Texas and the Old West from Kenston Rare Books
By Michael Stillman
Kenston Rare Books has published a Winter 2009 catalogue (and it is still winter, even if technically no longer 2009). The title is Fine Books on Texas and the American West. Offered are 227 items mostly from the Lone Star State, though some concern New Mexico (and old Mexico), Oklahoma, Colorado, Montana, and the environs. Stories of the Old West are never boring, and this catalogue reminds us of that truism. It is a land of cows and cowboys, outlaws and lawmen, settlers and Indians, Texans and non-Texans. So, saddle up your horse and we'll take a trip back in time.
The gentleman pictured on the cover of this catalogue is probably not well known to you, though he lived an exciting life. He went by the name of "Lone Star Harry." Born in 1855, he became a cowboy at a young age, catching the attention of General George Crook, perhaps the most notable American military leader of the western Indian wars. Harry hired on as a scout for the General. Along the way he evidently became very sharp with a pistol, as he obtained the moniker of the "Revolver King." After twelve years as a scout, Harry parlayed his experiences and skills into a career on the show circuit. He performed with Pawnee Bill and others, and was friendly with Buffalo Bill, though it does not appear he performed in Mr. Cody's show. Item 15 is Lone Star Harry American Representative Scout. It was published by the equally obscure Dick's Publishing House of New York, probably around 1893 since it was either then or 1894 that the firm appears to have published all of its booklets. This souvenir pamphlets tells us about Harry, his skills with a revolver, a bit about Texas, prints the lyrics to a few cowboy songs, and gives Harry's account of a large cattle drive from Nueces County in South Texas to Nebraska in 1882. This item is not found in the usual bibliographies as it was unknown until a small group of copies was discovered a few years ago. Priced at $375.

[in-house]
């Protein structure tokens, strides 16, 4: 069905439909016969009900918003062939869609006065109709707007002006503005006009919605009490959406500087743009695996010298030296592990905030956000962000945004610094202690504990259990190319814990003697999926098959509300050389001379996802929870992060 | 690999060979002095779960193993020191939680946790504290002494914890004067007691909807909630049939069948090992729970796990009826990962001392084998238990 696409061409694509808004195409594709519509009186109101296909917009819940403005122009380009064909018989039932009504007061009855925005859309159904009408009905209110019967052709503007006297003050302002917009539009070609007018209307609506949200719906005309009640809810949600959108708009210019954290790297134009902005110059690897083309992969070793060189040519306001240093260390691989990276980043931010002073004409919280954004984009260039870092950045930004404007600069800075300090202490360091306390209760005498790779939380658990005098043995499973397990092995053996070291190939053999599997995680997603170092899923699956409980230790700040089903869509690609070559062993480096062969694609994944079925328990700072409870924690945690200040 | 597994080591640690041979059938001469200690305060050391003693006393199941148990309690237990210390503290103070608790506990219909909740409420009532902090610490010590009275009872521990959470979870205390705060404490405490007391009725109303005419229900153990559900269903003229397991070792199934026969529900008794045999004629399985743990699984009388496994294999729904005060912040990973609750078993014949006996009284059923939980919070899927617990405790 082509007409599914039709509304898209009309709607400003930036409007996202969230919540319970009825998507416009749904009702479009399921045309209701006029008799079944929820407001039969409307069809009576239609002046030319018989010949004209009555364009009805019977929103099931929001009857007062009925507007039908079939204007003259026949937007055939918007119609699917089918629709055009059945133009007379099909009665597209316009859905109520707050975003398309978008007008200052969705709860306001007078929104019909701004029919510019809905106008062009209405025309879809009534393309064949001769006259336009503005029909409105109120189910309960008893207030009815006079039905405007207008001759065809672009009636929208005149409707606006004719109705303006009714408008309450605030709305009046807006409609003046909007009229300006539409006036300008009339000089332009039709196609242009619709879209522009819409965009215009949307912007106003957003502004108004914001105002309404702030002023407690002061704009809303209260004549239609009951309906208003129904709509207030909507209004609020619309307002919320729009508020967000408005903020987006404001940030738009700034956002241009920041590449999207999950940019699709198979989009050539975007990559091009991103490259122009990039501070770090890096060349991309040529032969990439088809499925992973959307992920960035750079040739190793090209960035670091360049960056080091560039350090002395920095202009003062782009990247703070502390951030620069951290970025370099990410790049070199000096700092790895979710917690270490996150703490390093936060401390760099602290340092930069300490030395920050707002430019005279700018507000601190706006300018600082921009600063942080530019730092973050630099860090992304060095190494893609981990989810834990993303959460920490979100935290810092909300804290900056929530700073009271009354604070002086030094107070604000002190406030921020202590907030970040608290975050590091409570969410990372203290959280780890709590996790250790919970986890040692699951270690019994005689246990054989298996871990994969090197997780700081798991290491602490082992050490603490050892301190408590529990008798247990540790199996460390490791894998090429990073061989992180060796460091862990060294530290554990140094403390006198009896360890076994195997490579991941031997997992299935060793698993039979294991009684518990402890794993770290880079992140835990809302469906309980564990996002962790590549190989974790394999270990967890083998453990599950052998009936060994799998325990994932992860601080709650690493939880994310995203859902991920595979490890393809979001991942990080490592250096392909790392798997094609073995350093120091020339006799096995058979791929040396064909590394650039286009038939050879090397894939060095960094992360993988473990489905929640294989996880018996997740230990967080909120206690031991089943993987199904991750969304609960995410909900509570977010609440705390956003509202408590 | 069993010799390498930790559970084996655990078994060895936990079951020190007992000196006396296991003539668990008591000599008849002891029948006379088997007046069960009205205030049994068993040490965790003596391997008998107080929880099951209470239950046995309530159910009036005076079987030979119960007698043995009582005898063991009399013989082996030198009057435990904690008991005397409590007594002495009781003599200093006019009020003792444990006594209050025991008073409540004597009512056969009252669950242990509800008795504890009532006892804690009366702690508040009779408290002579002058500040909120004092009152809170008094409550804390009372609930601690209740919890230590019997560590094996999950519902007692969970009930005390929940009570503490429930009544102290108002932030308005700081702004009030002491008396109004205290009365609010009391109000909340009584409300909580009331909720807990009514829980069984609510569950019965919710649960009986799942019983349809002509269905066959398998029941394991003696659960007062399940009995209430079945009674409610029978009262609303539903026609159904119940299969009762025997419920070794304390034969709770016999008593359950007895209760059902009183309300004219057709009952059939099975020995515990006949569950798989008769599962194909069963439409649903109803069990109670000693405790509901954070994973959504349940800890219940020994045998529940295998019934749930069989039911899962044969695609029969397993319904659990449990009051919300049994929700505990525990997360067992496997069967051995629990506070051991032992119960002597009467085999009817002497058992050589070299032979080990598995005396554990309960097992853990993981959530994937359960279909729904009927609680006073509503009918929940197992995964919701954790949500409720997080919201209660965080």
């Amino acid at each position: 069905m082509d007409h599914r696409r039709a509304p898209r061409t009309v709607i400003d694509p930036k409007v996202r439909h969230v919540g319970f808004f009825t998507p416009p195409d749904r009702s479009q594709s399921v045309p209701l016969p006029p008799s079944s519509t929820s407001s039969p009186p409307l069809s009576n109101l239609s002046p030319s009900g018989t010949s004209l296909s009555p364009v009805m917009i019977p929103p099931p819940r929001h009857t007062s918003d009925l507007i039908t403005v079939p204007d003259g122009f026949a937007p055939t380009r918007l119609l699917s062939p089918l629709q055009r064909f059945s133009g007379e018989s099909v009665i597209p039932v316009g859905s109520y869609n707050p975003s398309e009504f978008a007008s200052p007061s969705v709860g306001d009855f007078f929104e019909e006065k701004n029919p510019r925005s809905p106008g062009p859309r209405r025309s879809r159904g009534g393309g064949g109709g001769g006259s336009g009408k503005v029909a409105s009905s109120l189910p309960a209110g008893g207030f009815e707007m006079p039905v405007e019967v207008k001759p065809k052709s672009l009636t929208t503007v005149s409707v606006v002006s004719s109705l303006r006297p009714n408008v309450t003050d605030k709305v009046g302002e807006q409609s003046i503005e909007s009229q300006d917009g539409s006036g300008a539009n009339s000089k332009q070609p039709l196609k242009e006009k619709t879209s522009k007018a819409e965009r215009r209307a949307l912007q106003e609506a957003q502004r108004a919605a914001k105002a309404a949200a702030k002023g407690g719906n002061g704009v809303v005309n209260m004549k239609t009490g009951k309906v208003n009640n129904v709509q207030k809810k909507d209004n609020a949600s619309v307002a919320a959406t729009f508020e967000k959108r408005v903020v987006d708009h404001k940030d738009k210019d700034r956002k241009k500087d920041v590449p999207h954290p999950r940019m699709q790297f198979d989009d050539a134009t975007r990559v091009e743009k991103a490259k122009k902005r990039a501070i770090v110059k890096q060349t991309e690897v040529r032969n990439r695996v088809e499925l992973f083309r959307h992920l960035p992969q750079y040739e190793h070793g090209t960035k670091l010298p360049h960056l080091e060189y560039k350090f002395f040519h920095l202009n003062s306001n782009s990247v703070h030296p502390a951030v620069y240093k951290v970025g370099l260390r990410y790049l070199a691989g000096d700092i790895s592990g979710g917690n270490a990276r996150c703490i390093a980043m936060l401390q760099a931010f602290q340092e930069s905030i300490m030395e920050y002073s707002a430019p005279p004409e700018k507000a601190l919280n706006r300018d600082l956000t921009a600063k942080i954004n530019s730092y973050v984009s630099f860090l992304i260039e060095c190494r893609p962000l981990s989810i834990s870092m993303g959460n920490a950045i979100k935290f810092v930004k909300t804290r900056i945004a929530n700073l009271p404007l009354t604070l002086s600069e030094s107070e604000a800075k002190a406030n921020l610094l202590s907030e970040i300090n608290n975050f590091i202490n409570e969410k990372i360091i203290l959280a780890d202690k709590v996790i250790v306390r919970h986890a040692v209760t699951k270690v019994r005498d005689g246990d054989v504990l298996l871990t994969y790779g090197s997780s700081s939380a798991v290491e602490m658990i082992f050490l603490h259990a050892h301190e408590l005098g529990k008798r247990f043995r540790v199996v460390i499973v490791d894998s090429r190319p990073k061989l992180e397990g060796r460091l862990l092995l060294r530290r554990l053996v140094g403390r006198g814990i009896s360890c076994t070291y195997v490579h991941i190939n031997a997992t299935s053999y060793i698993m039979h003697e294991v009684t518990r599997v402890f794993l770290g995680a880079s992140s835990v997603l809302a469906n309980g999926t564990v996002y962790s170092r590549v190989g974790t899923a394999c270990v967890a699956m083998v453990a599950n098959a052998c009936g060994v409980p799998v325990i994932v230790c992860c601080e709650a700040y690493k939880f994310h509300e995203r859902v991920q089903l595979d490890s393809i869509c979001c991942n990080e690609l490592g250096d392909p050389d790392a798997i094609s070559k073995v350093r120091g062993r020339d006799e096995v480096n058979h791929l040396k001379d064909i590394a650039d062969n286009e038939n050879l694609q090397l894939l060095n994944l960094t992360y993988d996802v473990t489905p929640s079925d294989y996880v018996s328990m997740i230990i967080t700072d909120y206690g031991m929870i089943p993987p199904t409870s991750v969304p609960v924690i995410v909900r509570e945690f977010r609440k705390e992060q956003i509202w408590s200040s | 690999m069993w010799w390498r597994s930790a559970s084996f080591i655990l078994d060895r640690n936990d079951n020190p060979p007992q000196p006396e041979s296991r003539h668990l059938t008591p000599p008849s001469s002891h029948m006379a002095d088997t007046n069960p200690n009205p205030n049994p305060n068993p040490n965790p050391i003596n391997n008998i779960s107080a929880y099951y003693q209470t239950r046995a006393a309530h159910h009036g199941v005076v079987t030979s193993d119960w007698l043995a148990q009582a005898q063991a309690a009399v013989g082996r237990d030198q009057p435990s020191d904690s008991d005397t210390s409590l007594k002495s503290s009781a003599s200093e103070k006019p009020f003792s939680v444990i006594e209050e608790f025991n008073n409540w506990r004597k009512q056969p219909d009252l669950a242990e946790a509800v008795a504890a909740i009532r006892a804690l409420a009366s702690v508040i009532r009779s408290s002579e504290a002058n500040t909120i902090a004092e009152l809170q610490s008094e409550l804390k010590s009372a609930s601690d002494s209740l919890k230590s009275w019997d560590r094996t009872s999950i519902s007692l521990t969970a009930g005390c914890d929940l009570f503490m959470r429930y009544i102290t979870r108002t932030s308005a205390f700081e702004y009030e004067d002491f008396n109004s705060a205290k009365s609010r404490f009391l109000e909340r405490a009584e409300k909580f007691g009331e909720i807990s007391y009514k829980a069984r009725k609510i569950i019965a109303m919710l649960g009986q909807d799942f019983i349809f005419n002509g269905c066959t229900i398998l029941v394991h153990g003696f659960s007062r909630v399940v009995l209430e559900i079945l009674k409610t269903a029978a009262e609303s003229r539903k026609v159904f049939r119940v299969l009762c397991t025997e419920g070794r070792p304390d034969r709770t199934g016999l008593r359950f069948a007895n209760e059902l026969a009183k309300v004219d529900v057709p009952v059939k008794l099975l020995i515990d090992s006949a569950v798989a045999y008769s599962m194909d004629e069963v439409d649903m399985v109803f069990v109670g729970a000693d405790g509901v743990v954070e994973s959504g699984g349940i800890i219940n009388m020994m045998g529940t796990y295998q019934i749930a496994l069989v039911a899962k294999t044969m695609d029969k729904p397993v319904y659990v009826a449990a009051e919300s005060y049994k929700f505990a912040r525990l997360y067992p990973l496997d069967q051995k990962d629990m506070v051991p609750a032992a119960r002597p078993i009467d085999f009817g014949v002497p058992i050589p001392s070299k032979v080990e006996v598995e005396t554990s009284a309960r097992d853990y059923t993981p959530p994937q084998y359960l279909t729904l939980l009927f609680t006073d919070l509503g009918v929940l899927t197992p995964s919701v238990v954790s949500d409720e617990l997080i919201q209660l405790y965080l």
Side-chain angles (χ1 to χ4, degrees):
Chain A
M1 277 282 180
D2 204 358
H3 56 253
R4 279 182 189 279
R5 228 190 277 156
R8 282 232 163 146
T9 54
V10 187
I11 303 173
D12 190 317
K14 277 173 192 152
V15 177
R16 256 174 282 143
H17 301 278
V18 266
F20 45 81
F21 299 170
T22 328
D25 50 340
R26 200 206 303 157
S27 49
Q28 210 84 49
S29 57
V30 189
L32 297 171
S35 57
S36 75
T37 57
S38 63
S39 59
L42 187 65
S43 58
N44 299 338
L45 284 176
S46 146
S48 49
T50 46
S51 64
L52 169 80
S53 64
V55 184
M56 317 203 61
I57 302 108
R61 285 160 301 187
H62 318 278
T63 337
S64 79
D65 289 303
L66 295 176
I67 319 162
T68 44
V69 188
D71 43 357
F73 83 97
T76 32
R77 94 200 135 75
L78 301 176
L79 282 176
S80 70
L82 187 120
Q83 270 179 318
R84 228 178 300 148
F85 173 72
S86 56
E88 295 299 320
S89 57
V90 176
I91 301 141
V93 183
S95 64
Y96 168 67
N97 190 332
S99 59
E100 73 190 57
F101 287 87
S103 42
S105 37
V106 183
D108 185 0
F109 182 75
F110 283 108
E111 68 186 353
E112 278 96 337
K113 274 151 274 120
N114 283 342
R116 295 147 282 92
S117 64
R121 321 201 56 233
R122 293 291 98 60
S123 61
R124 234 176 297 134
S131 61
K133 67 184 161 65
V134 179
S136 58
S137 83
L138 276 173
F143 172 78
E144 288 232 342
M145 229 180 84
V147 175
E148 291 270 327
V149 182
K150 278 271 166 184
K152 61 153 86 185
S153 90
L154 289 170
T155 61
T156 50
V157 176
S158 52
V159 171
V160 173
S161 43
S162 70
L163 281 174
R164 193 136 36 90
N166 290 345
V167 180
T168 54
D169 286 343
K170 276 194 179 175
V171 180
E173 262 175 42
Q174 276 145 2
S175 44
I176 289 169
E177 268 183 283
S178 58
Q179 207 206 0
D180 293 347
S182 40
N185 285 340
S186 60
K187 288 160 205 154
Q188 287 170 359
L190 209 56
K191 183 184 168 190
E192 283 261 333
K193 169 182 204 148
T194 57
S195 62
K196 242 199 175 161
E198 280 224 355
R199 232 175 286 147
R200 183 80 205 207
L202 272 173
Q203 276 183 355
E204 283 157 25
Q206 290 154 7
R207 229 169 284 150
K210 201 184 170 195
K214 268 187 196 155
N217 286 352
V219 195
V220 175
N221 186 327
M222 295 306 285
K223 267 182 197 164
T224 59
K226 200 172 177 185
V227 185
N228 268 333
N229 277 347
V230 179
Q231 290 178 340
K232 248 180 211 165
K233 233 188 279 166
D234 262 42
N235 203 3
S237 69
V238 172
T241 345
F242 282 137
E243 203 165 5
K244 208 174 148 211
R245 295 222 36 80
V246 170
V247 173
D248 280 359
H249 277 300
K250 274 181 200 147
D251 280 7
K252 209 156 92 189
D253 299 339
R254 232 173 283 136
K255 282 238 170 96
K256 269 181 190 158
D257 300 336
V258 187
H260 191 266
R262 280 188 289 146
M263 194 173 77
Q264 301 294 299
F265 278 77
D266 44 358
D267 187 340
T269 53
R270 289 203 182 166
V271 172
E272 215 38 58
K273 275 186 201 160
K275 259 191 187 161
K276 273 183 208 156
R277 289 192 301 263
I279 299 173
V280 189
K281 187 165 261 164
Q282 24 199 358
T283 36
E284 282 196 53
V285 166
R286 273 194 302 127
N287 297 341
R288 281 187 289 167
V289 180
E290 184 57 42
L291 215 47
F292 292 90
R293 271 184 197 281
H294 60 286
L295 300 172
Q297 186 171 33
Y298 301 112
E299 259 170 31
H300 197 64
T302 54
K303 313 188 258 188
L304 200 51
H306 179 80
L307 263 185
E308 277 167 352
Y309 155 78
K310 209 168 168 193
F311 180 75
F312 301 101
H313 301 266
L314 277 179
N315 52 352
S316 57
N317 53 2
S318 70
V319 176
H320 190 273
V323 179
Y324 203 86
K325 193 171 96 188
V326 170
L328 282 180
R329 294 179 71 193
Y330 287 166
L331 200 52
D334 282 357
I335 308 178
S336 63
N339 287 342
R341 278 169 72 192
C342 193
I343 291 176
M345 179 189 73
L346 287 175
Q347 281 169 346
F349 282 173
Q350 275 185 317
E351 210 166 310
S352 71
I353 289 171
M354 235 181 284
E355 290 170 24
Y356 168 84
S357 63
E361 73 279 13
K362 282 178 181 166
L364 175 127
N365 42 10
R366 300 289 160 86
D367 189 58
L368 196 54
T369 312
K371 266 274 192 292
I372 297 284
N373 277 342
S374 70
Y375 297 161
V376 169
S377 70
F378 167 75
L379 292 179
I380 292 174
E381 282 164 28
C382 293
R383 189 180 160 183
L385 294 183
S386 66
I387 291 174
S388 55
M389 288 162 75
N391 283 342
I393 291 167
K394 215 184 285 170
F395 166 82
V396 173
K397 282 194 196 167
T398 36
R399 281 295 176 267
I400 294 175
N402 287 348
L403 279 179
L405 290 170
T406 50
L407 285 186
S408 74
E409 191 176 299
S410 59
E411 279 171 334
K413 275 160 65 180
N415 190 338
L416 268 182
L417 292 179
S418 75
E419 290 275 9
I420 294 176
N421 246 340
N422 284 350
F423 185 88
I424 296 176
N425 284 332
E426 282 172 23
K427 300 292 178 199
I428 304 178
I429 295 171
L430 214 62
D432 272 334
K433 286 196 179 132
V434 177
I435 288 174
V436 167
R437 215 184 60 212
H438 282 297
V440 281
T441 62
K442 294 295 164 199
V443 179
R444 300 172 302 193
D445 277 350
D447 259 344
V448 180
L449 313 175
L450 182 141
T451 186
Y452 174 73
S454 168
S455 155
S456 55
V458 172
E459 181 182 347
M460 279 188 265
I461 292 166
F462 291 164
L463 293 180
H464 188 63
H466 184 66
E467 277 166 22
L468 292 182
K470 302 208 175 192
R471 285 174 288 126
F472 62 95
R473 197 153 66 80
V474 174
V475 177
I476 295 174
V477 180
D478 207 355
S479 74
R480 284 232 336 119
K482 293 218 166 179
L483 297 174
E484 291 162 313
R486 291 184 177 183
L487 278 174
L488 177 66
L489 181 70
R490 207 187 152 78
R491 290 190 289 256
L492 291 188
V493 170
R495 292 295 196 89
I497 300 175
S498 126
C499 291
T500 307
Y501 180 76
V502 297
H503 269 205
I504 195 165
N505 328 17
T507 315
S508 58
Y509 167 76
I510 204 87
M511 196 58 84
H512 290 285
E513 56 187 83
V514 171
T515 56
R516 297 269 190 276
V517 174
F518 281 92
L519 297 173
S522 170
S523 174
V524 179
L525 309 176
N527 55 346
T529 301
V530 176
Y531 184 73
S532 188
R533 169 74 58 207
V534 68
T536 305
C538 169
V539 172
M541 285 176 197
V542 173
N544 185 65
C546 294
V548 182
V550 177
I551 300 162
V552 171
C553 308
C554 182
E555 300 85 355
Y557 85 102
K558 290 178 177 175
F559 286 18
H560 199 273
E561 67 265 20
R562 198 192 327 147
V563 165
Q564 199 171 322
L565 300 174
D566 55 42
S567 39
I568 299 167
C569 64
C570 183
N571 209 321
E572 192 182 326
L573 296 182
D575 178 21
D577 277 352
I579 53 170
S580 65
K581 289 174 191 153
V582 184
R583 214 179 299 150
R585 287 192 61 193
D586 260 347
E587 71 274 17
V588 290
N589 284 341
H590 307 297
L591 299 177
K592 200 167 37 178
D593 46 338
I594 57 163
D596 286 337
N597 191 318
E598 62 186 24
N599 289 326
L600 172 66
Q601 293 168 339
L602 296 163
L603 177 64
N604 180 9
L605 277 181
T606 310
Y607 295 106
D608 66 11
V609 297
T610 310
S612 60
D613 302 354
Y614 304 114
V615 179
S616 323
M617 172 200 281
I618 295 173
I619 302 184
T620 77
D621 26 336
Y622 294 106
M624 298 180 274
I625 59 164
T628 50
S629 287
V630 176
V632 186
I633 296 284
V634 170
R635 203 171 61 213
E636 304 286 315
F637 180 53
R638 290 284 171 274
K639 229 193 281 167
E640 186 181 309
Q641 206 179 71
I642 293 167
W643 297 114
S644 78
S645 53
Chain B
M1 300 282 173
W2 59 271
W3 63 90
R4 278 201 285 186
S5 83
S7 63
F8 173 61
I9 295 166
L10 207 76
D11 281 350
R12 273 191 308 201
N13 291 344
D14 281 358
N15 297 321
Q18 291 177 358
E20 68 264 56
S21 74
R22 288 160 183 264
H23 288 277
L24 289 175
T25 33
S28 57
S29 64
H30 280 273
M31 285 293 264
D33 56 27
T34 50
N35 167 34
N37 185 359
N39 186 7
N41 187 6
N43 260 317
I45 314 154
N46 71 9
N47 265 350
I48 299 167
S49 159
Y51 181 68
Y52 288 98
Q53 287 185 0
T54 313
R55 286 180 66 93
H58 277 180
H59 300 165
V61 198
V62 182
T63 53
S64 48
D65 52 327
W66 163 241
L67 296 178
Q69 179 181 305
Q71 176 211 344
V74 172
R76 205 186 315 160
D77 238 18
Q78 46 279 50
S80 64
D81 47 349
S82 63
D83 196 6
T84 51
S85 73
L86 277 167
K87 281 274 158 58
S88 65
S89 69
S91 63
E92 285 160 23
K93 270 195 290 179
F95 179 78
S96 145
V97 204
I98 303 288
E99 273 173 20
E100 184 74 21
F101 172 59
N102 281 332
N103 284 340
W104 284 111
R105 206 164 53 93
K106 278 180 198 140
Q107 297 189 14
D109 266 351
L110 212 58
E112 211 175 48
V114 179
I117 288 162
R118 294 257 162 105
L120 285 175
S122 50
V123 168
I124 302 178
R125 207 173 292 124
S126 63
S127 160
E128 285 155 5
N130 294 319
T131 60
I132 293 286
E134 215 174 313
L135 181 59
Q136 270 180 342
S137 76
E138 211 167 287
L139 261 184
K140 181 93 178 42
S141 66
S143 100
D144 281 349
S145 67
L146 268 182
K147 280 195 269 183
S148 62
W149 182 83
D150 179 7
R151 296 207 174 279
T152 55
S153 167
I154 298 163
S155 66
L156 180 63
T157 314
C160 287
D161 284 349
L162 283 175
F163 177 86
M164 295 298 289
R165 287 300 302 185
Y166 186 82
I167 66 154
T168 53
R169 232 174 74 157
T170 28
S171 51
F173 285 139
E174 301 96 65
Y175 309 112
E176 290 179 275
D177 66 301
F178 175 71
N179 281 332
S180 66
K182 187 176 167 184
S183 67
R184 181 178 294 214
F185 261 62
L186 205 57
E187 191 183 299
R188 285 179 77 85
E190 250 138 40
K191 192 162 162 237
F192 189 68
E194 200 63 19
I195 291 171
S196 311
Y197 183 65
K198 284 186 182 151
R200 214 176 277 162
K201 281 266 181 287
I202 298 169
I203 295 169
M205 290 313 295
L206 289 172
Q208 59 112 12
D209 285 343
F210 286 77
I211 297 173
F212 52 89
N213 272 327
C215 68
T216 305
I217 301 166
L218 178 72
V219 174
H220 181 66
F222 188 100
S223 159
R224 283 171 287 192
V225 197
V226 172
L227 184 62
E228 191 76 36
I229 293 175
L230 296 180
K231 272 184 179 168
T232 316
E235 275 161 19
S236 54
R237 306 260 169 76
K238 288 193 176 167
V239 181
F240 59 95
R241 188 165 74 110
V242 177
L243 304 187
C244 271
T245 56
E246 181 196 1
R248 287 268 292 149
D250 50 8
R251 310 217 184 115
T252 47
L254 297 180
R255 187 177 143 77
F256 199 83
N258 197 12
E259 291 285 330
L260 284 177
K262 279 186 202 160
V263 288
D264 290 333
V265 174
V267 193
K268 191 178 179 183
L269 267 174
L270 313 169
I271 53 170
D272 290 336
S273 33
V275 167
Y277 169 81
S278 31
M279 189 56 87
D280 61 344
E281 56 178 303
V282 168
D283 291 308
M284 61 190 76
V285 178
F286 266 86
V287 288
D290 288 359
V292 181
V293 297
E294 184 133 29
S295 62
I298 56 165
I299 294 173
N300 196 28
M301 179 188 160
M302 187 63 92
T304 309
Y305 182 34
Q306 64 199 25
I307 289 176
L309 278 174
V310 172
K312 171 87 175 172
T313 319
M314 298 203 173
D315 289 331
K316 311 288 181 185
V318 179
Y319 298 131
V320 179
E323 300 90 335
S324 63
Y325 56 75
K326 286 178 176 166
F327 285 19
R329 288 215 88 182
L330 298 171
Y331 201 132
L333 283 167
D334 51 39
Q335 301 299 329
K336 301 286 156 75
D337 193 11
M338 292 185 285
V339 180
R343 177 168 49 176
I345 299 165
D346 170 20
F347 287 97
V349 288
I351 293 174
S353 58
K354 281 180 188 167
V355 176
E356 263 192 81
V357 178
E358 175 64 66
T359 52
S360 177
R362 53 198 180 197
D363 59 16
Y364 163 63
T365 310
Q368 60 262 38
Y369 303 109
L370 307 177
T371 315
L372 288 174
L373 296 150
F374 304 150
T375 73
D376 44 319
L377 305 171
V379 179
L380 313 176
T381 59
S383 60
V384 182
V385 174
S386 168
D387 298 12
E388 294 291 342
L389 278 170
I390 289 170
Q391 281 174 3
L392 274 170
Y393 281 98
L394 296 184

Item 92 is the autobiography of Texas' most notorious killer: The Life of John Wesley Hardin From The Original Manuscript, as Written By Himself. Hardin killed his first man when he was 15, and, by his own admission, killed several dozen more (or perhaps not, as he may have been prone to exaggeration). Whatever, he did kill more men than just about anyone else did, even in Texas. He killed one man in an adjoining hotel room in Abilene, Kansas, for snoring too loudly. It sent local Marshal Wild Bill Hickok on his trail. Hardin was fearsome, but not totally crazy. He got out of town, never to return, rather than face the formidable, gunslinging marshal. Eventually, the law caught up with him in Alabama. Hardin was returned to Texas, and spent 17 years in prison before being pardoned in 1894. It was probably the worst thing that could have happened to him, in effect removing him from protective custody. He moved to El Paso and took up the practice of law, of all things, but a year later, he lay dead after an argument with a local lawman, shot in the back. After his death, Hardin's manuscript autobiography, on which he worked during the last year of his life, was discovered and published as this book the following year. Offered is a first edition, first state, with the portrait of his brother Joe mislabeled as that of Hardin, and with the correct portrait of John Hardin laid in. $425.